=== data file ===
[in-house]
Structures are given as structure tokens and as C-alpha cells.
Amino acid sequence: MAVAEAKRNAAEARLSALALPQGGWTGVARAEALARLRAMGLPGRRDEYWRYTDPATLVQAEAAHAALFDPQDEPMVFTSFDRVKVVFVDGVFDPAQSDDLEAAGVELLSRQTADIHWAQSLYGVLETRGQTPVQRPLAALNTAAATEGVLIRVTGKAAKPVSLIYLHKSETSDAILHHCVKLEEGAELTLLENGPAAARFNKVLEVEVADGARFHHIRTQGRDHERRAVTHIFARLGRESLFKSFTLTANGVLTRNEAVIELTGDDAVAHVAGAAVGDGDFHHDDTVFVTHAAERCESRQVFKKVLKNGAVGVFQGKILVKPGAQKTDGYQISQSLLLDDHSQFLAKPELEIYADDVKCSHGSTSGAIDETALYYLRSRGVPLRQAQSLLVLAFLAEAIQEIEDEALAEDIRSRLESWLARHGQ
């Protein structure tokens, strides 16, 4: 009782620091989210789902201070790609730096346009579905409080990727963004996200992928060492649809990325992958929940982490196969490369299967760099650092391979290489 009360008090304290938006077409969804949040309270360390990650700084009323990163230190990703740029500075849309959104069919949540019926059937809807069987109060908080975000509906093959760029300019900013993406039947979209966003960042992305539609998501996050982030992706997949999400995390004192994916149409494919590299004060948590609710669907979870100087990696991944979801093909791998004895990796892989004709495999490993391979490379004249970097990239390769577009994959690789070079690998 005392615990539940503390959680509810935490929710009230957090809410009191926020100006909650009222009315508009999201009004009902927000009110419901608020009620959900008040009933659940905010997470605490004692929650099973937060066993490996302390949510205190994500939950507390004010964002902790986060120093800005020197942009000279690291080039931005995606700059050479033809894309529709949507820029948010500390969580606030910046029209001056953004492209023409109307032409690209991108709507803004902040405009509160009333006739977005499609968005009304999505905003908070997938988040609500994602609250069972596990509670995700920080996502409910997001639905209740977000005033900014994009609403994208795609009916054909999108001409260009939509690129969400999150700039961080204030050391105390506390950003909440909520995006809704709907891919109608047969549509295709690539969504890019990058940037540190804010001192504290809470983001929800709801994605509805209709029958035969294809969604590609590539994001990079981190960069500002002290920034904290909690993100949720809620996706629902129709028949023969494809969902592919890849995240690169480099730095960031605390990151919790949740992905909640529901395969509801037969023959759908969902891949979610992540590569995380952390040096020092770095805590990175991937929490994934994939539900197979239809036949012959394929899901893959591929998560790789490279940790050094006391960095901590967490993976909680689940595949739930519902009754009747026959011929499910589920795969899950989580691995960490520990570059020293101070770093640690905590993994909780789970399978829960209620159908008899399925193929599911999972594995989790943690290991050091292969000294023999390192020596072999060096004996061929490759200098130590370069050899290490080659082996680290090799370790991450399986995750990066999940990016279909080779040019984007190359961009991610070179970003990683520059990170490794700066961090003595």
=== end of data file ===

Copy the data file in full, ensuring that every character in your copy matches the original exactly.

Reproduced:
[in-house]
Structures are given as structure tokens and as C-alpha cells.
Amino acid sequence: MAVAEAKRNAAEARLSALALPQGGWTGVARAEALARLRAMGLPGRRDEYWRYTDPATLVQAEAAHAALFDPQDEPMVFTSFDRVKVVFVDGVFDPAQSDDLEAAGVELLSRQTADIHWAQSLYGVLETRGQTPVQRPLAALNTAAATEGVLIRVTGKAAKPVSLIYLHKSETSDAILHHCVKLEEGAELTLLENGPAAARFNKVLEVEVADGARFHHIRTQGRDHERRAVTHIFARLGRESLFKSFTLTANGVLTRNEAVIELTGDDAVAHVAGAAVGDGDFHHDDTVFVTHAAERCESRQVFKKVLKNGAVGVFQGKILVKPGAQKTDGYQISQSLLLDDHSQFLAKPELEIYADDVKCSHGSTSGAIDETALYYLRSRGVPLRQAQSLLVLAFLAEAIQEIEDEALAEDIRSRLESWLARHGQ
């Protein structure tokens, strides 16, 4: 009782620091989210789902201070790609730096346009579905409080990727963004996200992928060492649809990325992958929940982490196969490369299967760099650092391979290489 009360008090304290938006077409969804949040309270360390990650700084009323990163230190990703740029500075849309959104069919949540019926059937809807069987109060908080975000509906093959760029300019900013993406039947979209966003960042992305539609998501996050982030992706997949999400995390004192994916149409494919590299004060948590609710669907979870100087990696991944979801093909791998004895990796892989004709495999490993391979490379004249970097990239390769577009994959690789070079690998 005392615990539940503390959680509810935490929710009230957090809410009191926020100006909650009222009315508009999201009004009902927000009110419901608020009620959900008040009933659940905010997470605490004692929650099973937060066993490996302390949510205190994500939950507390004010964002902790986060120093800005020197942009000279690291080039931005995606700059050479033809894309529709949507820029948010500390969580606030910046029209001056953004492209023409109307032409690209991108709507803004902040405009509160009333006739977005499609968005009304999505905003908070997938988040609500994602609250069972596990509670995700920080996502409910997001639905209740977000005033900014994009609403994208795609009916054909999108001409260009939509690129969400999150700039961080204030050391105390506390950003909440909520995006809704709907891919109608047969549509295709690539969504890019990058940037540190804010001192504290809470983001929800709801994605509805209709029958035969294809969604590609590539994001990079981190960069500002002290920034904290909690993100949720809620996706629902129709028949023969494809969902592919890849995240690169480099730095960031605390990151919790949740992905909640529901395969509801037969023959759908969902891949979610992540590569995380952390040096020092770095805590990175991937929490994934994939539900197979239809036949012959394929899901893959591929998560790789490279940790050094006391960095901590967490993976909680689940595949739930519902009754009747026959011929499910589920795969899950989580691995960490520990570059020293101070770093640690905590993994909780789970399978829960209620159908008899399925193929599911999972594995989790943690290991050091292969000294023999390192020596072999060096004996061929490759200098130590370069050899290490080659082996680290090799370790991450399986995750990066999940990016279909080779040019984007190359961009991610070179970003990683520059990170490794700066961090003595």